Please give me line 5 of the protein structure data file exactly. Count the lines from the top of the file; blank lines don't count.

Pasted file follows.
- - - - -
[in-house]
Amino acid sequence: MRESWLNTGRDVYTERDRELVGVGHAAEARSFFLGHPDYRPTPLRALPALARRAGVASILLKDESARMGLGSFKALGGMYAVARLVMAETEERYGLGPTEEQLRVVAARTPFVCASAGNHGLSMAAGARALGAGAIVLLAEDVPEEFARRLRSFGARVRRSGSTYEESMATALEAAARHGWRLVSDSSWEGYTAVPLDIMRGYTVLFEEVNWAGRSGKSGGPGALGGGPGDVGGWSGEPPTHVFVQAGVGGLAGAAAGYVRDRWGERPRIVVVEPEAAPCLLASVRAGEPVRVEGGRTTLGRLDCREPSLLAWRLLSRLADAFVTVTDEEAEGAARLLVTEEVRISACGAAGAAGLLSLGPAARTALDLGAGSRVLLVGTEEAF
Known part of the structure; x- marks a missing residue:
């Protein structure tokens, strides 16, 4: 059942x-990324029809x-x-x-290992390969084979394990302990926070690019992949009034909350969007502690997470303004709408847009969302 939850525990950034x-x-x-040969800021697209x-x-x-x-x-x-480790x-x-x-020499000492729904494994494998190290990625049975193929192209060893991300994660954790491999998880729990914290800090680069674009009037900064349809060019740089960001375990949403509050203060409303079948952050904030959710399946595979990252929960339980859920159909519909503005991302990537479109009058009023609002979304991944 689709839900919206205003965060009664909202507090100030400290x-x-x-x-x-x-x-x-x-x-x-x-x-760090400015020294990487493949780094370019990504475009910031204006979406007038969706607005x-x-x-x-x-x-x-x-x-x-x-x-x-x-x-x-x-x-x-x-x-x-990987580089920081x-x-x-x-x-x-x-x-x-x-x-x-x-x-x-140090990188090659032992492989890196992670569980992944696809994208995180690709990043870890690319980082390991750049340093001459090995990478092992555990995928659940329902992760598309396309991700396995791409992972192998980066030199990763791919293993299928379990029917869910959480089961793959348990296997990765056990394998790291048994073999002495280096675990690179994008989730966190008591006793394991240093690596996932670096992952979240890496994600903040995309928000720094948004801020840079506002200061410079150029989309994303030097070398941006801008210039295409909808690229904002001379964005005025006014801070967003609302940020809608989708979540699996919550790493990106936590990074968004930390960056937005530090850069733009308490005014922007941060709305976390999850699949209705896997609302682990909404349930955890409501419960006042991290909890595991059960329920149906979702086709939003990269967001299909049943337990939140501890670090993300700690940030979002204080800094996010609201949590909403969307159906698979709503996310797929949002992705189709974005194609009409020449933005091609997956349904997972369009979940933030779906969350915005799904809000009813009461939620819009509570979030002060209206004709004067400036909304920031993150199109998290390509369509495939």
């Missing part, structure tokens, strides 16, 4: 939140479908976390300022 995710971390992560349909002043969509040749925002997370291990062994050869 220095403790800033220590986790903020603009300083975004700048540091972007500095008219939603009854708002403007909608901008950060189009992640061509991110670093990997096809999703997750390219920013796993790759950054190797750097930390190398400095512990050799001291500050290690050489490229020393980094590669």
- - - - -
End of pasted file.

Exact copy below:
């Missing part, structure tokens, strides 16, 4: 939140479908976390300022 995710971390992560349909002043969509040749925002997370291990062994050869 220095403790800033220590986790903020603009300083975004700048540091972007500095008219939603009854708002403007909608901008950060189009992640061509991110670093990997096809999703997750390219920013796993790759950054190797750097930390190398400095512990050799001291500050290690050489490229020393980094590669």